The film was intended to be filmed in Michigan in a cabin, however Sam Raimi and Co. could not find one. They tried the Michigan Tourism guide which was no help, so they came up with the idea of going to Tennessee to shoot. While there they could not find a cabin and the closest they had come was one filled with squatters. At the very last minute, Raimi and crew found the cabin they used in the film which was not far from the house the cast and crew had moved into for the arduous shoot. The cabin had to be renovated from top to bottom as it was in deplorable condition. Rooms were filled with four inches of horse manure and electricity had to be put in along with a working telephone to make it hospitable.
Bruce Campbell actually twisted his ankle on a root of a tree and was in pain when Sam Raimi and Robert G. Tapert thought Campbell was fooling around. They started to poke at the ankle to the point that it made Campbell laugh, despite the pain. Raimi told him to "stop fooling around and get ready for the next shot." Campbell painfully obliged.
The cabin did not actually have a cellar. Most of the cellar scenes were filmed in the stone cellar of a farmhouse owned by producer Robert G. Tapert's family in Marshall, Michigan. The last room of the cellar was actually Sam Raimi's garage. The hanging gourds and bones are a tribute to The Texas Chain Saw Massacre (1974). For the scene where the students descend into the cellar, a hole was cut into the floor, a shallow pit was dug and a ladder was placed into the pit.
The temperatures were so cold at time during shooting that the camera and other wiring froze. They then had to be thawed by the fireplace inside the cabin.
The scene with Cheryl in the woods was not originally scripted as a rape scene. According to Ellen Sandweiss, the original script simply read "Cheryl is attacked by the woods" and that the scene kept being added to while they were filming, as well as in post production.
The tape recorder found in the cabin belonged to Bruce Campbell's father.
Although the movie was never released officially in Hungary, it was widely spread through the black market on video and was referred to as "Az erdö szelleme" ("The spirit of the woods").
The opening sequence of the evil moving over the pond is actually Bruce Campbell pushing Sam Raimi in a dingy whilst he films the shot.
The Evil Dead (1981) was made on an estimated $350,000 budget. When Sam Raimi later made Spider-Man 3 (2007), it was filmed on a $350,000,000 budget, 1000 times the cost of The Evil Dead (1981), making it the most expensive motion picture produced at that time.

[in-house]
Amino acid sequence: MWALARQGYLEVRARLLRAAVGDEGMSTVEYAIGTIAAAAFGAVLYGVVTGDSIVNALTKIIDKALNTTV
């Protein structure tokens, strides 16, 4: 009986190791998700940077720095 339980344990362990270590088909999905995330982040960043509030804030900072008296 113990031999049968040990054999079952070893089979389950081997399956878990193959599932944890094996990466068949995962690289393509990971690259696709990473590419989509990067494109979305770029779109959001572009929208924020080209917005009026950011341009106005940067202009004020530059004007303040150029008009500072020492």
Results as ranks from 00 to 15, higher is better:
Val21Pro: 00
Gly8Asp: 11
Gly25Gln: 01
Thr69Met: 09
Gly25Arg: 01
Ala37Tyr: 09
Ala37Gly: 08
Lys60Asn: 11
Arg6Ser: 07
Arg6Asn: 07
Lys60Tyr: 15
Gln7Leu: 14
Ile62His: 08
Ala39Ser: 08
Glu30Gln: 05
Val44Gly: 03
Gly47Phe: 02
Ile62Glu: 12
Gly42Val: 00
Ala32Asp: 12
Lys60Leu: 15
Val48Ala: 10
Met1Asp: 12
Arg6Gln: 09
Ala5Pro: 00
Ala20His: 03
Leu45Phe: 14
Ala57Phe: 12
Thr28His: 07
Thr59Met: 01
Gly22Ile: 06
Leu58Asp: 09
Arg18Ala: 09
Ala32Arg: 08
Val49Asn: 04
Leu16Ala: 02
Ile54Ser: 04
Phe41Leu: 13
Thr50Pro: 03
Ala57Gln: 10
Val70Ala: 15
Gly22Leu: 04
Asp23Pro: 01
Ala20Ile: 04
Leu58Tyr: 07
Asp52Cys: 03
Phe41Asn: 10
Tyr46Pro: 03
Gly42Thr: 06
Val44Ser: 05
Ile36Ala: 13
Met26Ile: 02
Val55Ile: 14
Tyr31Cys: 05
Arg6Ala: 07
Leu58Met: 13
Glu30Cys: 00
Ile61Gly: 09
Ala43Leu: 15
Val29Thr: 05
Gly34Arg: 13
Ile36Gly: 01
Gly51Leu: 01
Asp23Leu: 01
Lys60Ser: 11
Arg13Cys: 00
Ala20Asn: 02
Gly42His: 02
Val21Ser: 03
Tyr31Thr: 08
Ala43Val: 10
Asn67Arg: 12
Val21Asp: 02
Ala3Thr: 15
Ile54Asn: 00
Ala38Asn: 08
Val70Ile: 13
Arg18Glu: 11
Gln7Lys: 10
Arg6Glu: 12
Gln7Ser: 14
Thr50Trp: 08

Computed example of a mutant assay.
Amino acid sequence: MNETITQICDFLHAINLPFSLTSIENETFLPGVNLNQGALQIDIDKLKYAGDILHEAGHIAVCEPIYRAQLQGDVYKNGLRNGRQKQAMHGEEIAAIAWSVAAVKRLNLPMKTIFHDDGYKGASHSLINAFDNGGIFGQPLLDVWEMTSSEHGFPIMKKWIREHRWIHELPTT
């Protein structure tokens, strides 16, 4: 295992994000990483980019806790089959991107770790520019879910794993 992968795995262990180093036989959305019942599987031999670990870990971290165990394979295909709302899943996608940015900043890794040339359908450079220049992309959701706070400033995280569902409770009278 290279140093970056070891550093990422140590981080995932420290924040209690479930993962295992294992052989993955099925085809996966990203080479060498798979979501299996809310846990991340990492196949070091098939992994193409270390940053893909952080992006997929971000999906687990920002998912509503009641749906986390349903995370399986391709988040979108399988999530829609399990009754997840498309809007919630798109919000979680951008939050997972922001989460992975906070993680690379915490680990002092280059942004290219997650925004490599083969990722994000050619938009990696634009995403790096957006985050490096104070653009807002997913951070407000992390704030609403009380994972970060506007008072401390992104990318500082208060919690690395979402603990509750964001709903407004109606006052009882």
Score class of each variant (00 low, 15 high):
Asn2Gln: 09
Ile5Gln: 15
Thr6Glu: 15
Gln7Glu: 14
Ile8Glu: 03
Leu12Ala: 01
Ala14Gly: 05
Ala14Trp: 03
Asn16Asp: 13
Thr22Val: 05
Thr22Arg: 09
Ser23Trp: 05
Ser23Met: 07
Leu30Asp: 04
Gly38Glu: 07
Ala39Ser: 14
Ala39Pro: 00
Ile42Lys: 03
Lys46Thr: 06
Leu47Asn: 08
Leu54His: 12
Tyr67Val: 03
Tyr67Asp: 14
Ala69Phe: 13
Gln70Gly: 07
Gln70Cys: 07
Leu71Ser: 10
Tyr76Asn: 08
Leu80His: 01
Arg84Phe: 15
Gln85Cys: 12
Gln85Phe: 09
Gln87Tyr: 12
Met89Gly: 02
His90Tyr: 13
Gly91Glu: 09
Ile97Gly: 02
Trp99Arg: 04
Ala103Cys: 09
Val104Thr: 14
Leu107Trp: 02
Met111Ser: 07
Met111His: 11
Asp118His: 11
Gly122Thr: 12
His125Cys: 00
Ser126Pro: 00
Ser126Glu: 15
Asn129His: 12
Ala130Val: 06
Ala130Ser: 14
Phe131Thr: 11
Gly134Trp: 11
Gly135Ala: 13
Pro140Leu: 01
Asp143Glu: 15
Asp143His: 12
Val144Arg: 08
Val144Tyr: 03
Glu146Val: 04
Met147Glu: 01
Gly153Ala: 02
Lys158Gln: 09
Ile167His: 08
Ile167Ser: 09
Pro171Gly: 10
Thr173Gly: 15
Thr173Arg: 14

Ash's last name is never mentioned throughout the entire Evil Dead trilogy, though Sam Raimi and Bruce Campbell did toy around with calling him "Ashley J Williams" and "Ash Holt," the latter revealing how Sam viewed the character...
One of the sketches in the Book of the Dead comes from William Blake's painting "The Great Red Dragon And The Woman Clothed With The Sun."
Joel Coen was an assistant editor on the film. This was one his earliest professional jobs. He and his brother Ethan Coen would produce and make the film Blood Simple. (1984) three years after the release of this film. In preparing to get funding for that film, the Coens enlisted the help of friends Bruce Campbell and Sam Raimi to help out and they happily did so. Campbell and Raimi also starred in a short film based on scenes of Blood Simple for the Coens to show to potential investors, which proved successful.
Creamed corn dyed green was used as zombie guts.
Richard DeManincor and Theresa Tilly went under different stage names during the shoot, since they were members of the Screen Actors Guild and wanted to avoid being penalized for participating in a non-union production. DeManincor credits himself as Hal Delrich, and Tilly as Sarah York. DeManincor acquired his stage name by combining his short name with his roommates' names, Hal and Del.
In 2003, "Evil Dead: The Musical" debuted in Toronto, before moving onto an off-Broadway run in 2006.
The Evil Dead (1981) was release in Finland 1984 by Magnum video and was heavily (11 min 50 sec) cut. According to persistent legend it was Renny Harlin who did the cutting.
During the car scene, Scotty has a glass of moonshine in his hand and Ash makes a funny face. Originally, they were all supposed to be drinking moonshine - and Ash's expression was a reaction to the drink, but the scene was cut.
The character of Scotty is named after Raimi's long-time friend Scott Spiegel, and the character of Cheryl is named after Cheryl Guttridge, the star of Raimi's short film Clockwork (1978).
The first of many collaborations between composer Joseph LoDuca, director Sam Raimi, producer Robert G. Tapert and actor Bruce Campbell.
The remainder of the film was shot all around Michigan utilizing Robert G. Tapert's family farm, Sam Raimi's garage and other various indoor and outdoor locations.
Irvin Shapiro, the film's producer, was the one who helped sell the film and its eventual success. He mentored Sam Raimi on how to sell the film properly, as he was inexperienced as a filmmaker at the time and the only way the film could have been sold was through brochures (in multiple languages), press kits, etc. Once this was done, the film eventually found a distributor.
The German translation of the movie's title is "Dance of the Devils."
The film was initially released in the United States by New Line Cinema with an X-rating and was later revised to NC-17 in 1994. All home video copies produced by Anchor Bay Entertainment are uncut and classified "Not rated", because the licensing studio (Renaissance Pictures) is not contractually obligated to provide an MPAA rating with their film, unlike a major studio such as New Line.
The magnifying glass necklace was originally intended to be a plot point by focusing the sunlight to burn the Book of the Dead, but it was decided after shooting began that this wasn't going to work, so its actual use in the film was a desperate attempt to keep it relevant since so much film time had been spent on it already.
During Ash's fighting scene with the possessed Scott, after gouging out Scotts eyeballs Ash yanks something out of Scott's jeans and blood begins to flow. Many have believed that Ash was yanking out a "reproductive organ" based on its shape and position. However, what Ash pulled out was a small branch gouged into Scott's leg after he was beaten savagely by the trees.